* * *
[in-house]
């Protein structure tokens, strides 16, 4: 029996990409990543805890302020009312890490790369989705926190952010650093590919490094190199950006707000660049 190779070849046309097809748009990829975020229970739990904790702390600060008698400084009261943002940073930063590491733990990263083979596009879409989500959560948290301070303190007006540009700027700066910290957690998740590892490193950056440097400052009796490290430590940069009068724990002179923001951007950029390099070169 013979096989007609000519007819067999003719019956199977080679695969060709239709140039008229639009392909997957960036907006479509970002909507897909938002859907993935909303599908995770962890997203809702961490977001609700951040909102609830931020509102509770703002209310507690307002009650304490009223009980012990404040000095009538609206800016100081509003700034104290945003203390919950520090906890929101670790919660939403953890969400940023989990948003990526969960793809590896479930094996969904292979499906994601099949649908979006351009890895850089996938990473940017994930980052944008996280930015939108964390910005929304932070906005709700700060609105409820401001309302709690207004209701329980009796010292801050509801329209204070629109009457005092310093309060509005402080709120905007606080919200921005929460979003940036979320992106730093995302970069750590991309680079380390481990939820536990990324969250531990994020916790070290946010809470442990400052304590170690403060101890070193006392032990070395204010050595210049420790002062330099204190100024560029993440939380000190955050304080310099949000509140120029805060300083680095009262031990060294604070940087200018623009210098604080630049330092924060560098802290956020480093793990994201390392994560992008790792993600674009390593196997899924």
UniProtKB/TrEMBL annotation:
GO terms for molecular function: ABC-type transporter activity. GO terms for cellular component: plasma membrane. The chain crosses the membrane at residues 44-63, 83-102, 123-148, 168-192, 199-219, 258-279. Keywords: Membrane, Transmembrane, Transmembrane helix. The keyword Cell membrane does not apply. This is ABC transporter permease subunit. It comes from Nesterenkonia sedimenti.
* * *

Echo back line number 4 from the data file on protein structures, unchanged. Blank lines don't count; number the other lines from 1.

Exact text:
GO terms for molecular function: ABC-type transporter activity. GO terms for cellular component: plasma membrane. The chain crosses the membrane at residues 44-63, 83-102, 123-148, 168-192, 199-219, 258-279. Keywords: Membrane, Transmembrane, Transmembrane helix. The keyword Cell membrane does not apply. This is ABC transporter permease subunit. It comes from Nesterenkonia sedimenti.